Browsing through the various examples examined in the 2008 book 'Guesstimation', it is apparent that the basic ideas behind this approach of "solving the world's problems on the back of a paper napkin" are useful for analyzing real-life optimization and analytics instances. Whether we are looking at (i) Smart-grid optimization ("how many hours does it take to charge an electric car"), or (ii) Hazmat routing ("what is the risk of dying per unit mile of road") or (iii) environmental problems ("how much farmland will it take to convert all gasoline cars to ethanol"), guesstimating values can be critical to effective model formulation in the absence of precise information. Guesstimation is a 'small data' method that can improve the effectiveness and performance of our 'big data' analytics.
Let's look at an 'elastic' linear programming formulation:
LP: Minimize c.x + P.s
A.x - s <= b
l <= x <= u, s >= 0
where we've added artificial variables 's' to ensure feasibility of LP for any bound feasible 'x'. Often times, exact values for b, c, l, u, or portions of A are not available. Furthermore, we allow artificial variables to be active at some high but as yet unknown penalty rate of 'P'. We often end up guesstimating these values in industrial applications since many of these values are not known accurately.
Example (i) in the previous paragraph gives us a charge rate per car (a component of 'A' matrix). if 'x' is the number of cars to be charged, and 'b' is an upper bound on the time available and 'c' the cost of electricity for that duration, we can predict the 'ballpark' cost incurred and the charge stored. Similarly, example (ii) gives us the average risk per unit mile as a cost coefficient 'c'. By extending this calculation to denote high and low risk arcs in a network, we have an initial minimum risk network path optimization formulation at hand. Finally, example (iii) gives us an unconstrained resource requirement. This value allows us to quickly assess the impact of adding a resource constraint.
Thou shalt always Guesstimate!
Direct uses of guesstimation in practical optimization include the calculation of tighter bounds (l, u) for decision variables, and the smallest valid values for the big-M numbers that riddle integer programming formulations. If we think of (u - l) as a measure of our ignorance about the as yet unknown optimal 'x', guesstimating tight bounds is akin to maximally reducing its "prior variance". While guesstimation in the book is done using feasibility calculations, we can and should incorporate optimality considerations to obtain sharper bounds for such unknown variables. Using solver default (0, infinity) values is lazy and bad practice. Also, spending some time to improve bounds often gives us insight into the nature of the optimal solution, and which constraints are likely to be more restrictive, and helps catch modeling bugs earlier.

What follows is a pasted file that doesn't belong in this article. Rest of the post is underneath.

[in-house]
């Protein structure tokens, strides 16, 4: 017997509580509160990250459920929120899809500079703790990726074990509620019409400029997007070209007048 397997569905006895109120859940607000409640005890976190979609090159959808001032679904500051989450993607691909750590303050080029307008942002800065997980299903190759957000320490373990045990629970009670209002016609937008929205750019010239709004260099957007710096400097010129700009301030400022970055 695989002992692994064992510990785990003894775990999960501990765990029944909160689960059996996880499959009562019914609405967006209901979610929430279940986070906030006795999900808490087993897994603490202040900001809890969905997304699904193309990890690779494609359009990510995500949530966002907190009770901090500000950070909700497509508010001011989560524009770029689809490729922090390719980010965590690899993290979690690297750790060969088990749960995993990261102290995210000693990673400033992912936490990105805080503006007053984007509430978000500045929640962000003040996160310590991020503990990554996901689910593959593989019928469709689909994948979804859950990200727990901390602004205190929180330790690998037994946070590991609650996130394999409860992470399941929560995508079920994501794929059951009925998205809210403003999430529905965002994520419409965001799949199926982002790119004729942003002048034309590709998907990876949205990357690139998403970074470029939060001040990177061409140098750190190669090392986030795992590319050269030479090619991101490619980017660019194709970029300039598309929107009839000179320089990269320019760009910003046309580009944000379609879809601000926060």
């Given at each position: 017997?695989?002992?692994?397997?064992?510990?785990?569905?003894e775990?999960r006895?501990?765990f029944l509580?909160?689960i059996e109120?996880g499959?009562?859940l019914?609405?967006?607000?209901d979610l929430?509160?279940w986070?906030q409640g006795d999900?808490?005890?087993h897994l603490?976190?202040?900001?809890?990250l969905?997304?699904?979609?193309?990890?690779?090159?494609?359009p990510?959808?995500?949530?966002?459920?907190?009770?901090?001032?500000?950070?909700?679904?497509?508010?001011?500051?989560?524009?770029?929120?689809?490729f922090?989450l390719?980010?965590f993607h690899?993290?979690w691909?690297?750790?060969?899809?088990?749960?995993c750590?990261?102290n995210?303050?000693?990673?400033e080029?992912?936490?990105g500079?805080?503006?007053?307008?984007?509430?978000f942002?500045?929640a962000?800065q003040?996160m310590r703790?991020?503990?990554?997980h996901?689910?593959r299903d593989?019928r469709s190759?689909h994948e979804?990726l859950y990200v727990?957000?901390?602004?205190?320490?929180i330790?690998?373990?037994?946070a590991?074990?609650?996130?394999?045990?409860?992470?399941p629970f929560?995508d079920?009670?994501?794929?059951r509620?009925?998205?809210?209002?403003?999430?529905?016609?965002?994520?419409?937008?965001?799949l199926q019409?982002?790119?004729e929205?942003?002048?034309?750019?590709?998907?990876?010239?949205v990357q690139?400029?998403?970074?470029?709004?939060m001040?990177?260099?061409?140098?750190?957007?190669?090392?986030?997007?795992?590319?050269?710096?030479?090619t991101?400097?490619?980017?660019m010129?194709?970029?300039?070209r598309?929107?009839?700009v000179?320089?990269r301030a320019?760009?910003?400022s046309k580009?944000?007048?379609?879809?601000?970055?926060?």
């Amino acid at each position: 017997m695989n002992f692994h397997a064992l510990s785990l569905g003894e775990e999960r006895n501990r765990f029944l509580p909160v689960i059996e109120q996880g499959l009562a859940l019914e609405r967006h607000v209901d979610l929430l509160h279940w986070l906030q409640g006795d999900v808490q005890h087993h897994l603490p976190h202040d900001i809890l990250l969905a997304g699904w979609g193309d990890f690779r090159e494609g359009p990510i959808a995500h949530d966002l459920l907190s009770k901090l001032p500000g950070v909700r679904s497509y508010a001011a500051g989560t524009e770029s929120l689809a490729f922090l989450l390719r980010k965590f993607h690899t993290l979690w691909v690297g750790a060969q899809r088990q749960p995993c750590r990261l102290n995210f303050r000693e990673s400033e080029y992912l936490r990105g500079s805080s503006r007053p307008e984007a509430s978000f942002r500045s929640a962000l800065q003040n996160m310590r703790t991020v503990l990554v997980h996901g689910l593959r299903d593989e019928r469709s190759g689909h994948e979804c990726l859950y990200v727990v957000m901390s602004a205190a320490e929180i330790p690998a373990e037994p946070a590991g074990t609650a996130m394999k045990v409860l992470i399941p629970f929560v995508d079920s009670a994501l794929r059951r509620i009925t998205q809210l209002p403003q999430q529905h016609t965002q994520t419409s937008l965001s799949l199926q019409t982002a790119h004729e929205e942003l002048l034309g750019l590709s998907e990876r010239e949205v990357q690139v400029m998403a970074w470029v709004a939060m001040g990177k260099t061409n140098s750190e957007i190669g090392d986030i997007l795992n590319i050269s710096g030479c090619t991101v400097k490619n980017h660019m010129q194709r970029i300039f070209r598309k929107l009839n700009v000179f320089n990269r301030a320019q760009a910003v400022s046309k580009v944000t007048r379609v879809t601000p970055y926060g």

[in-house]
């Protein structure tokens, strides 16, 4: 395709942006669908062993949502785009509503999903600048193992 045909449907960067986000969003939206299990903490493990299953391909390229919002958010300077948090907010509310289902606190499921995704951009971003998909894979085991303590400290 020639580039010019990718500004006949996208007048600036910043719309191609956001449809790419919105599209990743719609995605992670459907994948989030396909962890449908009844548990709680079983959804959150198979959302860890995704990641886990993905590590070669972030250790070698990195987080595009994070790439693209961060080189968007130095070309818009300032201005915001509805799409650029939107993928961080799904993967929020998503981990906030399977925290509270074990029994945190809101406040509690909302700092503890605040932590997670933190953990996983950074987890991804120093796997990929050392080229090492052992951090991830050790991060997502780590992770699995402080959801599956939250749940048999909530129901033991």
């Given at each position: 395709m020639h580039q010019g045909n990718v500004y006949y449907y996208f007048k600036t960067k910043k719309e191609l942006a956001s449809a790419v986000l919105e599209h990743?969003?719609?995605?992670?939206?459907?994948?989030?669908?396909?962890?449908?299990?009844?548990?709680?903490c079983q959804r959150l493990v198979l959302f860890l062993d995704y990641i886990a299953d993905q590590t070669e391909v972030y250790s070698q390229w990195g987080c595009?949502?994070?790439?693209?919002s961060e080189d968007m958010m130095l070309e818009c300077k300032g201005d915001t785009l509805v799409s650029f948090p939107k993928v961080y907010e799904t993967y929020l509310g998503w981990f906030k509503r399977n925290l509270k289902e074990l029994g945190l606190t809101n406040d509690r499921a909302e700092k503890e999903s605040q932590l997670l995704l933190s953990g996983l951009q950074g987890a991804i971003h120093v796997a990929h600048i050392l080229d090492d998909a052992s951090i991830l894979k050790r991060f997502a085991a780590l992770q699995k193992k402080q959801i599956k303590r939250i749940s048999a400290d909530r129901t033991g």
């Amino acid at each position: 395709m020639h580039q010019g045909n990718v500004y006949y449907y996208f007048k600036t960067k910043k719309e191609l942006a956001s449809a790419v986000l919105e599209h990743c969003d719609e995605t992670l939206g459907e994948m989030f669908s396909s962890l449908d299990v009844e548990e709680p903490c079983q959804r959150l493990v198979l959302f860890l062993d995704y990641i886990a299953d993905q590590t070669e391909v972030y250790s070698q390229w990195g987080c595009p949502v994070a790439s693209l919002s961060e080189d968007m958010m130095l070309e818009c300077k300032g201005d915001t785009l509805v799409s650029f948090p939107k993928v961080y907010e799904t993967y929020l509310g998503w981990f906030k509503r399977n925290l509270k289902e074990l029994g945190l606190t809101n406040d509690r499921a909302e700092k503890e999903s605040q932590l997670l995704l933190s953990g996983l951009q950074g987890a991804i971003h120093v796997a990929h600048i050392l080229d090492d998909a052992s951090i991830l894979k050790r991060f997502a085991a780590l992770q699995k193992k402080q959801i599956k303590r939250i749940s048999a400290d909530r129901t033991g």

Example 1: what is the cost of not scheduling a crew for an airline flight?
In airline crew scheduling, the flights in a schedule are partitioned among crew pairings (see this post for a problem description). Every flight must be covered by exactly one pairing. This is a hard constraint, but in practice, we have to temporarily employ its elastic form of the type described above, and penalize violations via 'P'. How do we determine an appropriate penalty value? This would be the cost of leaving a flight uncovered. Such flights have to be covered by a reserve crew, which comes at a certain cost that can be calculated and is typically smaller than some default value we may have otherwise chosen. The dual variable value associated with an uncovered flight in an optimal LP solution attains a value close to 'P'. Any new column (x(j)) generated that covers this flight will subsequently will have a reduced cost of order (c(j)-P), and so on. Good guesstimation of P helps in producing manageable reduced costs, and accelerates algorithm convergence.
Example 2: what is the price elasticity of point-and-shoot digital cameras?
Price elasticity is a dimensionless (negative) quantity that gives us the expected percentage change in sales for a percentage change in price. We can expect that this value will be more than that for electricity, grocery, and dairy items, which are essential items that people are less willing to give up when price is hiked, and are likely to be inelastic (less than a percent drop in sales for a percent increase in price, say -0.5). The value will be lower than that of highly discretionary purchases like fashion apparel or leisure airline tickets (which have an elasticity of -4 to -2). The geometric and arithmetic mean of 3.0 and 0.5 gives us a range (-1.8, -1.2). A data-driven estimation of this value should be compared against this guesstimate as a sanity check. For example, if regression models on a data sample estimates an 'optimized' elasticity parameter value of -5 or -0.1, we may want to double check our modeling, or run the risk of producing wild predictions.
Another use of guesstimation is in generating plausible random optimization instances to demonstrate the effectiveness of new NP-Hard algorithms for a certain problem class if only limited real-life data is available. It can help weed out weird and contrived instances that skew the degree of difficulty of the problem and make it seem much harder than it actually is in reality.